How To Help a Friend Who May Have An Eating Disorder


"When I was 12, a group of friends and I decided to go on diets. Sounds innocent, but I got carried away. After 3 months, long after my friends quit their diets, I still would not eat very much. What's so scary is how good I thought I looked. At my worst I was always tired, freezing, and had no energy. I couldn't concentrate, and my hair began to fall out. I withdrew from my friends, and I couldn't care less about guys. Eventually, my parents brought me to a psychologist .With help I am maintaining my new, healthy outlook on nutrition and fitness."

-Dawn Carrow, Miss Vermont Teen USA, 1998
(Teen magazine, February 1999)

A person who is eating too much may need help


Your friend may need help if she or he is binge eating. Binge eating means eating large amounts of food in a short period of time, usually alone, without being able to stop when full. People with binge eating disorder do not try to get rid of the food they have eaten. We all overeat sometimes-at parties, on holidays, or when we eat a favorite food. Students may eat a lot because they are growing and are very hungry. But your friend may have a problem if she or he feels out of control when overeating. People with binge eating disorder may feel disgusted with themselves or feel depressed or very guilty after overeating.If you are reading this, chances are that you are worried about someone who might have an eating disorder. You might be worried about a friend at school, or possibly a sister or brother. Maybe you have seen your friend throw away food instead of eating. Maybe you have seen your friend vomit on purpose or take laxatives or diet pills. Perhaps your friend seems sad or complains about being fat or feeling worthless.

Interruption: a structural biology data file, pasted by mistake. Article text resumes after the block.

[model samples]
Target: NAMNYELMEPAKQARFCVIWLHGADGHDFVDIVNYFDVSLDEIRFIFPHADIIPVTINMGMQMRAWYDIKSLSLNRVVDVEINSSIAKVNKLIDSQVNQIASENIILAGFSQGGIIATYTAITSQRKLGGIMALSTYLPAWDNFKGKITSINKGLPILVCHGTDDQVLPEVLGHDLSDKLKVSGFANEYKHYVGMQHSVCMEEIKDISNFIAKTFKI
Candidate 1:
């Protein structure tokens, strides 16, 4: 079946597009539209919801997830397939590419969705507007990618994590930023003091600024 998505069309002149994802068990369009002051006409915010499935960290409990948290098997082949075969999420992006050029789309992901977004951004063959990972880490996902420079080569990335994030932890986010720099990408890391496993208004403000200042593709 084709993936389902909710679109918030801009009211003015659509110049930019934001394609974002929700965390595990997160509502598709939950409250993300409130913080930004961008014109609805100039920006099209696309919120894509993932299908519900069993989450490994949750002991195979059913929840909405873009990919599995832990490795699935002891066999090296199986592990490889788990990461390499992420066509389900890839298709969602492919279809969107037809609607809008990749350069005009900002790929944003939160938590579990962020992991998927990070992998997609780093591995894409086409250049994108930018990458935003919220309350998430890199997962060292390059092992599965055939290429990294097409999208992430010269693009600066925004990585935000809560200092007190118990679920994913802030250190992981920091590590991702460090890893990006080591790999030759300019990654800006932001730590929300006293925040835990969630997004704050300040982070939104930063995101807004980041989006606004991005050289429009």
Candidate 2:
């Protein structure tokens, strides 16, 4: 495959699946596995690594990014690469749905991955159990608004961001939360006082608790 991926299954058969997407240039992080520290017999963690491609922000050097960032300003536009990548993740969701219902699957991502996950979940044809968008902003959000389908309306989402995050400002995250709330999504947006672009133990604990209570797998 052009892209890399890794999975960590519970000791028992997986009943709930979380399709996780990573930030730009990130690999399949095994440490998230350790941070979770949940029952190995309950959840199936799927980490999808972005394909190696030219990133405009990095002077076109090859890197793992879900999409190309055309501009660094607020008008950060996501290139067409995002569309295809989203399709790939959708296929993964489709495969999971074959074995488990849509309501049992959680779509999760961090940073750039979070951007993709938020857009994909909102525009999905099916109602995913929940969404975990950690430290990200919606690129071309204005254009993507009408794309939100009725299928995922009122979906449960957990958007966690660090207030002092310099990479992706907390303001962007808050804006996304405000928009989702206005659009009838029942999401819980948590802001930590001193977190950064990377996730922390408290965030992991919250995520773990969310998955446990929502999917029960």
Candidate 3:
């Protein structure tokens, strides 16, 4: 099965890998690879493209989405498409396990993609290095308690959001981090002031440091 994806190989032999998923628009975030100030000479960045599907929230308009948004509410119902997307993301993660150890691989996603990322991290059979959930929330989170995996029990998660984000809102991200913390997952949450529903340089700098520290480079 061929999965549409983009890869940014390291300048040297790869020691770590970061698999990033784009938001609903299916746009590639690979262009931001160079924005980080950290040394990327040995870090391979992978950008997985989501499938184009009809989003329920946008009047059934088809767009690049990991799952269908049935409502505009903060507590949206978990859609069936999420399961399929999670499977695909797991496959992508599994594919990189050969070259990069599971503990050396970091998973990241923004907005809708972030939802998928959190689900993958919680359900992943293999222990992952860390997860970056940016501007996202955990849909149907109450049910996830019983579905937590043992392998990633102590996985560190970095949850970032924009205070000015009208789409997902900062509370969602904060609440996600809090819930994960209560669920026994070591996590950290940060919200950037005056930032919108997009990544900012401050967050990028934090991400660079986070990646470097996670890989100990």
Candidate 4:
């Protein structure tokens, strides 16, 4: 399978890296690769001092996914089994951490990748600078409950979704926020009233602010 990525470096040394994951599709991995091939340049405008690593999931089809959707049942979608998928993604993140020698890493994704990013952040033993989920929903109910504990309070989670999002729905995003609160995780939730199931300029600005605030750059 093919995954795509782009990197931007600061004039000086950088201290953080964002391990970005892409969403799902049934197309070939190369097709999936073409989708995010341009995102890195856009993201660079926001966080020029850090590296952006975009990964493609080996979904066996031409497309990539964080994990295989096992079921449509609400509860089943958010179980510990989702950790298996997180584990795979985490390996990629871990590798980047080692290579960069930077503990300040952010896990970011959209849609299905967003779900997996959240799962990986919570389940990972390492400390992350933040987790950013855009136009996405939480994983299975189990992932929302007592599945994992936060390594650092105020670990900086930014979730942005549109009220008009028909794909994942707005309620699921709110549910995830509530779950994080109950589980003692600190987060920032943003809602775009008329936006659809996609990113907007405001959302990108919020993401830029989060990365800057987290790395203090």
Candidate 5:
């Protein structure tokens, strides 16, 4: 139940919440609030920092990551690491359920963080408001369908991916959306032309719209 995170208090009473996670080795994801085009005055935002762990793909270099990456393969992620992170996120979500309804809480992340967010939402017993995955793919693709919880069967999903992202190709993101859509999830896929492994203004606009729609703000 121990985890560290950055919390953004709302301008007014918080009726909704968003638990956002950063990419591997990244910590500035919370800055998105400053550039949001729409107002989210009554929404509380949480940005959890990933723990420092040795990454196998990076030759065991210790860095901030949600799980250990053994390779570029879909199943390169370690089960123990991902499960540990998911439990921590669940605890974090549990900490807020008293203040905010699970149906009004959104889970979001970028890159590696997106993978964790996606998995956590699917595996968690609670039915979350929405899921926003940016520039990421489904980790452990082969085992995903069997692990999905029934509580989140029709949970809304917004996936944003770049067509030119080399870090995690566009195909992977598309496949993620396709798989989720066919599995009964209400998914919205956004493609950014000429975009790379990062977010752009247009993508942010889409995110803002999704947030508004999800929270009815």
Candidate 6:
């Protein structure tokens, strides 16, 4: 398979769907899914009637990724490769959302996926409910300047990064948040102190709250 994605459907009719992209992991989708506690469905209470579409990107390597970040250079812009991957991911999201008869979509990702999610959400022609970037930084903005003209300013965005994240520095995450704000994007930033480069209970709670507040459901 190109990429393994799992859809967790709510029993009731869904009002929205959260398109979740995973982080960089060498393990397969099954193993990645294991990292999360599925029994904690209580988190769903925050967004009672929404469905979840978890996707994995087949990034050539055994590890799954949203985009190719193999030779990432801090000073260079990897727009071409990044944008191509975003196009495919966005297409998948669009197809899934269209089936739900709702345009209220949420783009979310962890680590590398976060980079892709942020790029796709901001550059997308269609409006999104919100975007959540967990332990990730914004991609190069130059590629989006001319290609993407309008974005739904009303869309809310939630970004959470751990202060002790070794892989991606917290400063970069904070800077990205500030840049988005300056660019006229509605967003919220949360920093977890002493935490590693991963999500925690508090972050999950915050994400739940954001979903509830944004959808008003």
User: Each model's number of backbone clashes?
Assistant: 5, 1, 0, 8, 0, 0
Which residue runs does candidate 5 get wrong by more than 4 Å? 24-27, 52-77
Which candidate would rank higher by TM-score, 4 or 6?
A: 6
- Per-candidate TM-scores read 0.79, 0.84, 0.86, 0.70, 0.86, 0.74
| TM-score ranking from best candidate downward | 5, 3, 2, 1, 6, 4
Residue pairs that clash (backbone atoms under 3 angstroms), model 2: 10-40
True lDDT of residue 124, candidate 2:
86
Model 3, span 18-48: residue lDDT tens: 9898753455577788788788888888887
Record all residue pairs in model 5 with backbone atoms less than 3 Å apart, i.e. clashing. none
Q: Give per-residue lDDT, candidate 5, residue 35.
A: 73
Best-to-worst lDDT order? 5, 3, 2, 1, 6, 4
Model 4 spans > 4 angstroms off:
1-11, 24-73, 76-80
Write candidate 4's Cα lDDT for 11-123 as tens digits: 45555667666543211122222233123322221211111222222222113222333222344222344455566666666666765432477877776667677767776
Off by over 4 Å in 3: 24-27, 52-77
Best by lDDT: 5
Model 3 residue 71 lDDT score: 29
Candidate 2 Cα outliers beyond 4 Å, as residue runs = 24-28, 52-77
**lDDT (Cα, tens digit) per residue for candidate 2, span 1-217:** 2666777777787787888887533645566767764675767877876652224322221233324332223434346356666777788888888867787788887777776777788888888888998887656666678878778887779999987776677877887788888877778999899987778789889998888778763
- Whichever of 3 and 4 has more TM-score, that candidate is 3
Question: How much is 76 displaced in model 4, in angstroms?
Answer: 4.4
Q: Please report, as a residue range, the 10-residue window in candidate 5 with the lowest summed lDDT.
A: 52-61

A person who is not eating enough may need help
Most of us grow up hearing about family members and friends who are trying to lose weight, and we do not think much about it. However, some people go too far. Being obsessed with body fat or losing weight can be a sign of stress or depression. People who develop eating disorders, such as anorexia or bulimia, often remember that their problems started when they began dieting.

  • People who have anorexia eat very little even though they are thin. They have an intense fear of body fat and weight gain.
  • People with bulimia will get rid of food that they have just eaten by vomiting or taking laxatives or diuretics (water pills). They also have a fear of body fat even though their size or weight may be normal for them.
  • Overexercising is when someone feels driven to exercise as a way to burn calories from food that she or he has just eaten. People with anorexia or bulimia may overexercise.


Your friend's health may be in danger

  • Not eating enough can make someone feel cold, tired, moody, or grumpy. Not eating can cause dry hair and skin, interfere with a girl's menstrual cycle, and weaken young people's bones.
  • Vomiting can damage your throat and teeth, and using laxatives can hurt your intestines and other parts of your body.